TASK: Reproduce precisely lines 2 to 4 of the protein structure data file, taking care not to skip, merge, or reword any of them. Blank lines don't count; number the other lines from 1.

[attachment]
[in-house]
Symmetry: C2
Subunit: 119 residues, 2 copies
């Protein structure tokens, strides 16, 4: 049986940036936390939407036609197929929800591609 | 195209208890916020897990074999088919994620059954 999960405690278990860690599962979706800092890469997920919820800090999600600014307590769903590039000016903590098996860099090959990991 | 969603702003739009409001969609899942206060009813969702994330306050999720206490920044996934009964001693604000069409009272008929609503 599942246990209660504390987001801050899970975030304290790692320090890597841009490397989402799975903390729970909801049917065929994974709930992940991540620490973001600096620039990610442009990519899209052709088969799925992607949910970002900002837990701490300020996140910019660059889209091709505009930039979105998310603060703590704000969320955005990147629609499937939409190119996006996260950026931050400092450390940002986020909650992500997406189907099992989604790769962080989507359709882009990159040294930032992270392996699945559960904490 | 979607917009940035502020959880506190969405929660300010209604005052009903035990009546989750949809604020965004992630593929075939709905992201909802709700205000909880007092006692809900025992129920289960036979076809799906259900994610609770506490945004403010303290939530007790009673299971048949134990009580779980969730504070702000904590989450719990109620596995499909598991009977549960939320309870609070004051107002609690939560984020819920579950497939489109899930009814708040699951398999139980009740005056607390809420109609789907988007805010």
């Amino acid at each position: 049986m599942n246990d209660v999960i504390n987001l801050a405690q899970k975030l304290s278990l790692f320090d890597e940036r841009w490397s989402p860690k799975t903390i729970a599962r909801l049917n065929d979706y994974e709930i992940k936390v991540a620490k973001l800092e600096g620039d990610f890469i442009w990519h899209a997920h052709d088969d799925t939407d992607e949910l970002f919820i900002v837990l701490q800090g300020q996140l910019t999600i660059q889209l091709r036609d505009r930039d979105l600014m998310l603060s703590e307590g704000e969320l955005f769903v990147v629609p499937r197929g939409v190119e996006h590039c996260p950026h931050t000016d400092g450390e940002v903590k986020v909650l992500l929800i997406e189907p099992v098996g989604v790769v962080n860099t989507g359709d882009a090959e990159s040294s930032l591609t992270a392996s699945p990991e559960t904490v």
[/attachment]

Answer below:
Symmetry: C2
Subunit: 119 residues, 2 copies
């Protein structure tokens, strides 16, 4: 049986940036936390939407036609197929929800591609 | 195209208890916020897990074999088919994620059954 999960405690278990860690599962979706800092890469997920919820800090999600600014307590769903590039000016903590098996860099090959990991 | 969603702003739009409001969609899942206060009813969702994330306050999720206490920044996934009964001693604000069409009272008929609503 599942246990209660504390987001801050899970975030304290790692320090890597841009490397989402799975903390729970909801049917065929994974709930992940991540620490973001600096620039990610442009990519899209052709088969799925992607949910970002900002837990701490300020996140910019660059889209091709505009930039979105998310603060703590704000969320955005990147629609499937939409190119996006996260950026931050400092450390940002986020909650992500997406189907099992989604790769962080989507359709882009990159040294930032992270392996699945559960904490 | 979607917009940035502020959880506190969405929660300010209604005052009903035990009546989750949809604020965004992630593929075939709905992201909802709700205000909880007092006692809900025992129920289960036979076809799906259900994610609770506490945004403010303290939530007790009673299971048949134990009580779980969730504070702000904590989450719990109620596995499909598991009977549960939320309870609070004051107002609690939560984020819920579950497939489109899930009814708040699951398999139980009740005056607390809420109609789907988007805010």